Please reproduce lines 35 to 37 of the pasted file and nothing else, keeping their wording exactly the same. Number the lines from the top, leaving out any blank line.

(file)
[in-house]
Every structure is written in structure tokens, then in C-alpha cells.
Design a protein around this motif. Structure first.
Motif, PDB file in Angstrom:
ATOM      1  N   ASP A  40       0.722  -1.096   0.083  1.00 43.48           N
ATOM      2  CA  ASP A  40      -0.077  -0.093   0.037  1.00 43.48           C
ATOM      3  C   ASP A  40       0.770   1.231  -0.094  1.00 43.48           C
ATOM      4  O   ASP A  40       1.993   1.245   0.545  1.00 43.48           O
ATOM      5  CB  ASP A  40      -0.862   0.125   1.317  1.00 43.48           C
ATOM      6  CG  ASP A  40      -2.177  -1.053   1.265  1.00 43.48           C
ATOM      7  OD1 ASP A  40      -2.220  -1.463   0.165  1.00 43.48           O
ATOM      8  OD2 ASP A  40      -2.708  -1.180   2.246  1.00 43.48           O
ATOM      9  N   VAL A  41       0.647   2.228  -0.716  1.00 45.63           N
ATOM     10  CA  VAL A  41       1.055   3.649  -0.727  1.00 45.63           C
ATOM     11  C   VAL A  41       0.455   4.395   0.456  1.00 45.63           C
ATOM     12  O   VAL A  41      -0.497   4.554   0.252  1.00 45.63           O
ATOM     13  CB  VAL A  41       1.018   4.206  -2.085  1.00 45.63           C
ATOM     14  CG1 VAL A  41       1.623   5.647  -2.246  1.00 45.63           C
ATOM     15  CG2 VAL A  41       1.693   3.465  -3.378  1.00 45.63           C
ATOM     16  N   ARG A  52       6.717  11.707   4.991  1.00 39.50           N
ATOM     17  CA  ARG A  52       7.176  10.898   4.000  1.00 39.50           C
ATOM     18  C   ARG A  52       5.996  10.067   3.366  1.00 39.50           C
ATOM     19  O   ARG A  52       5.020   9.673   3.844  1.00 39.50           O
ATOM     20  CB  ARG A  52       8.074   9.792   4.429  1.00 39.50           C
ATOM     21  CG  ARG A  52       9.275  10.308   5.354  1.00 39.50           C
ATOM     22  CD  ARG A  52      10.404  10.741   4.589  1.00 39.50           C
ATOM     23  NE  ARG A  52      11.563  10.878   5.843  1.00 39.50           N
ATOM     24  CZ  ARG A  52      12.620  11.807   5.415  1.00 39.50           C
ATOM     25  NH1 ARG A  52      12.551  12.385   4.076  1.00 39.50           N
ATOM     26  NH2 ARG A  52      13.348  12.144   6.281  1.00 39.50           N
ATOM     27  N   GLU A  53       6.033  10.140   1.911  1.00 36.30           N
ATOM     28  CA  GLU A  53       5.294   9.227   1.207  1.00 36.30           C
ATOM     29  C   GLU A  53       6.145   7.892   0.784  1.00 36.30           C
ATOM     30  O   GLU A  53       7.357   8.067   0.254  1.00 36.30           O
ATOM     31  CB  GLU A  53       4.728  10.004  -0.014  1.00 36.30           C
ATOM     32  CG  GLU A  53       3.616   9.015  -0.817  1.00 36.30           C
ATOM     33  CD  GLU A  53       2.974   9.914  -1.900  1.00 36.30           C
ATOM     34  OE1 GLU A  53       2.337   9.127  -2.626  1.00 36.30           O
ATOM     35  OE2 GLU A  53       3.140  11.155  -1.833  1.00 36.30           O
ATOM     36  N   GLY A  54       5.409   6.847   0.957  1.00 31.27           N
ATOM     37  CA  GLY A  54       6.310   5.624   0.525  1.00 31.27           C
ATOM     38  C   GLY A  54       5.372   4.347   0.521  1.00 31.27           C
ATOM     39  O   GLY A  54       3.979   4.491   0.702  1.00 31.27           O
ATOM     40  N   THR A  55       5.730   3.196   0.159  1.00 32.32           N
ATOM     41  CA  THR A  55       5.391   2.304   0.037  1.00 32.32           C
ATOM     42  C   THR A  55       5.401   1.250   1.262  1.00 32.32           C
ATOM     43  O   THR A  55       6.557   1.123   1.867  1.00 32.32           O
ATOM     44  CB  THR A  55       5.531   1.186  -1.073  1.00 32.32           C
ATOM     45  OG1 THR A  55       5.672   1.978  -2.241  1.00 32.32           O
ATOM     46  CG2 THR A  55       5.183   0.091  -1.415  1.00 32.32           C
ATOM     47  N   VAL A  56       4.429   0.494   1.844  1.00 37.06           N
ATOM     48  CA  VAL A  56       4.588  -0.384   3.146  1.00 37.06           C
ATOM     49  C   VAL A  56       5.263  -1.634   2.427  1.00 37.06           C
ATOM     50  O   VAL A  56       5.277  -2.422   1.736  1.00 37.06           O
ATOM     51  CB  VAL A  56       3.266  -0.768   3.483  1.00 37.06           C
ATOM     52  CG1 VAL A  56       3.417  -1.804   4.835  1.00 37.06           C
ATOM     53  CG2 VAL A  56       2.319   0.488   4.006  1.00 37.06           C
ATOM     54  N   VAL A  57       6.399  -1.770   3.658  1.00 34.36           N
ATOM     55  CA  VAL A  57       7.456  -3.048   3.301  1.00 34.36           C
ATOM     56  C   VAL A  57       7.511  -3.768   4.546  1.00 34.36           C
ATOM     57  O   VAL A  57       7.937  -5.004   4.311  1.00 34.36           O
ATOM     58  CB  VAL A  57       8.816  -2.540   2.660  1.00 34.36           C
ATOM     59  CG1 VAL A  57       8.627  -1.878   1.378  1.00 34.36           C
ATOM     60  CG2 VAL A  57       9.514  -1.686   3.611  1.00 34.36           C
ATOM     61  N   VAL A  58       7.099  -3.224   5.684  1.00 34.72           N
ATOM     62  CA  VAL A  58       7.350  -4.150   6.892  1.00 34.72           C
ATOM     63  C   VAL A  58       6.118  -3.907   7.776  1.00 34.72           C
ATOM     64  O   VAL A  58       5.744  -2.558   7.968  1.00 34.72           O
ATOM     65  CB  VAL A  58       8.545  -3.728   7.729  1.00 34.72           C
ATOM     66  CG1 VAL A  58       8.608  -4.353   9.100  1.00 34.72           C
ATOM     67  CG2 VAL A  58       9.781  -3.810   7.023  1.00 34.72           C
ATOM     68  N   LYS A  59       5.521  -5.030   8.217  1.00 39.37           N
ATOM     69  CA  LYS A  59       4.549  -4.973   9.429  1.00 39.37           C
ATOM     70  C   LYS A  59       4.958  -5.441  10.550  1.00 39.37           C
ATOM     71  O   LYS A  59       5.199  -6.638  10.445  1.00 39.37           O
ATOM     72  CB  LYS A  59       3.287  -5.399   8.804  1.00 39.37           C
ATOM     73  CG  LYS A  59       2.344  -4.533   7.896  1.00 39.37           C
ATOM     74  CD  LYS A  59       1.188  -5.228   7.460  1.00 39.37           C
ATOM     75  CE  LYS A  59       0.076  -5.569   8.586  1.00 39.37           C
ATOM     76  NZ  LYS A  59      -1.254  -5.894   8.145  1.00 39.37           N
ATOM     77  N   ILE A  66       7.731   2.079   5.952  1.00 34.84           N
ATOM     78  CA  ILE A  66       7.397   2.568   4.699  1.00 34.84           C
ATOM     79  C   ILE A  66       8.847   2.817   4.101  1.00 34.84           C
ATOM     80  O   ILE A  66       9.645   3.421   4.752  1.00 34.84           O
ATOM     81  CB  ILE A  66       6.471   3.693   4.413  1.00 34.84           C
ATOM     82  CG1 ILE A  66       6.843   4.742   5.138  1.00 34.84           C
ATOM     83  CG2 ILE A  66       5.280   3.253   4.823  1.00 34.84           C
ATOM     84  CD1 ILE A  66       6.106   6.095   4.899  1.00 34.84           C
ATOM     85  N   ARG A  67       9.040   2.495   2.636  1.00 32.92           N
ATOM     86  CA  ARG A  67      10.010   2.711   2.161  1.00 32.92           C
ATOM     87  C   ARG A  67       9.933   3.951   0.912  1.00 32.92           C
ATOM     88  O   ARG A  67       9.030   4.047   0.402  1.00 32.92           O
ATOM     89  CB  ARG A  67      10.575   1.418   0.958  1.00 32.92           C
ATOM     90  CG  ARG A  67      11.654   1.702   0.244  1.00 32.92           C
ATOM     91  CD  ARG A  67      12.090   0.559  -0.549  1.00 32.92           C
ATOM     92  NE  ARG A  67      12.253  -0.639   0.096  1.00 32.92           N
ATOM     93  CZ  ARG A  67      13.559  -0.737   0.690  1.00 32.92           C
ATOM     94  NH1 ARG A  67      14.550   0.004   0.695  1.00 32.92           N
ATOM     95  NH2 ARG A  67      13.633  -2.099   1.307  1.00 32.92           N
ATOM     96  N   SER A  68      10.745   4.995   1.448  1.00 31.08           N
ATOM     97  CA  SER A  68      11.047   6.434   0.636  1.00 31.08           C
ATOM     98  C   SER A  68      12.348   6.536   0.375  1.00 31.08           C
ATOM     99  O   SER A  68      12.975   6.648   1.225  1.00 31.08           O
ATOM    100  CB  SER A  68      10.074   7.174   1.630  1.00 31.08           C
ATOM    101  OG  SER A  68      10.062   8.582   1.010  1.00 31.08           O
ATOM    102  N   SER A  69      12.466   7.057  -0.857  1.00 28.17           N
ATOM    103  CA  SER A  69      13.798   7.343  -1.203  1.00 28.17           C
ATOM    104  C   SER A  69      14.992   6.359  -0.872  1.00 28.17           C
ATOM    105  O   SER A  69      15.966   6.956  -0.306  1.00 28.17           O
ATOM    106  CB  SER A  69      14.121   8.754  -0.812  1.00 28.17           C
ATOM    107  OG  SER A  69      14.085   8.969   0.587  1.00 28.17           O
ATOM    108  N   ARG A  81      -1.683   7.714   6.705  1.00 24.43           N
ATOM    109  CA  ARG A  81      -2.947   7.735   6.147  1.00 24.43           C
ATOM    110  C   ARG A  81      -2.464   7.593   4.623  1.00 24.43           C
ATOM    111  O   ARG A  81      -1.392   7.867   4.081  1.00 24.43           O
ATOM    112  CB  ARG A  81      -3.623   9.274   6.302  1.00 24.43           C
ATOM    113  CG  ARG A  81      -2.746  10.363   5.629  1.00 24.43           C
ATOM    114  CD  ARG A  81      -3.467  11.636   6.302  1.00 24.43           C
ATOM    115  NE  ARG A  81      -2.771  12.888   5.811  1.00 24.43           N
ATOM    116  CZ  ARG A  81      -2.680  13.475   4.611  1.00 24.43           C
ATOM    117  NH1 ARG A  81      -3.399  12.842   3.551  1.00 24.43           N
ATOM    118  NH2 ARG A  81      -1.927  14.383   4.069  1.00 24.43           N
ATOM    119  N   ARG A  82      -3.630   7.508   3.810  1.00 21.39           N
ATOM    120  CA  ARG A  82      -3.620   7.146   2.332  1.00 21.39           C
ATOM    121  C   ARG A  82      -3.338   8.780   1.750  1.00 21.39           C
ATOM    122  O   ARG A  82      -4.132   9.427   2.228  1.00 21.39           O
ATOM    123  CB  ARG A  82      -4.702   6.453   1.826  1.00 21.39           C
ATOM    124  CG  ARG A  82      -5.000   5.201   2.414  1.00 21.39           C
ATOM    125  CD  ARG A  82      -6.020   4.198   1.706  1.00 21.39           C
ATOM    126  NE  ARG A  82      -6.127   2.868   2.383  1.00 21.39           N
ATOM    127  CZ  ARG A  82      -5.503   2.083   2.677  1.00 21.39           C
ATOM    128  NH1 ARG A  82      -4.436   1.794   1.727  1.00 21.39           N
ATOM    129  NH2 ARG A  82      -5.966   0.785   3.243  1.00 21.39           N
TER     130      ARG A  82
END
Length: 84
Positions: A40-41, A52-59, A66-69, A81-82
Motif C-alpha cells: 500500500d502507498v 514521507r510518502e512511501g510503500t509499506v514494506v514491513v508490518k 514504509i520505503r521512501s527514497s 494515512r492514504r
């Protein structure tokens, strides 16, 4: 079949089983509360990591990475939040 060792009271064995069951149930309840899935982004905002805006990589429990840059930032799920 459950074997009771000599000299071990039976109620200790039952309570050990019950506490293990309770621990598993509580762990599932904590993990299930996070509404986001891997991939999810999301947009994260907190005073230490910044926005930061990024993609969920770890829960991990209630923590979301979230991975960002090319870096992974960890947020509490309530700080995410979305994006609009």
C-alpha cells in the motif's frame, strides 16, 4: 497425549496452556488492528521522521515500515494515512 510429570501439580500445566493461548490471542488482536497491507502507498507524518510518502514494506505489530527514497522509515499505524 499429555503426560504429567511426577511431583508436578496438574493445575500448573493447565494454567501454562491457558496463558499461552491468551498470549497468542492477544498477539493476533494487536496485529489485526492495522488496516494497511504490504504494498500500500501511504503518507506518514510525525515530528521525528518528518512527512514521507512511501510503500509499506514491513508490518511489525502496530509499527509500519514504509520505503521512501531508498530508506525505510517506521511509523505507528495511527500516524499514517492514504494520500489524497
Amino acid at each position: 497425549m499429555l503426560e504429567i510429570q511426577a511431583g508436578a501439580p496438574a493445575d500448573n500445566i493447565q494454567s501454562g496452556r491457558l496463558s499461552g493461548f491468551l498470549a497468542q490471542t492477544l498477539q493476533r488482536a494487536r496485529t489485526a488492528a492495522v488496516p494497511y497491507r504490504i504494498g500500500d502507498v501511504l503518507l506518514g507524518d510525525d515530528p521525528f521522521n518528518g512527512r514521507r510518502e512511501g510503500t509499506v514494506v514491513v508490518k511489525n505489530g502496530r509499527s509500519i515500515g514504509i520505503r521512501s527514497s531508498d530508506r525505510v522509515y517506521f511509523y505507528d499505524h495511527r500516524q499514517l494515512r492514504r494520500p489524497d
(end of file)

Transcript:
ATOM     31  CB  GLU A  53       4.728  10.004  -0.014  1.00 36.30           C
ATOM     32  CG  GLU A  53       3.616   9.015  -0.817  1.00 36.30           C
ATOM     33  CD  GLU A  53       2.974   9.914  -1.900  1.00 36.30           C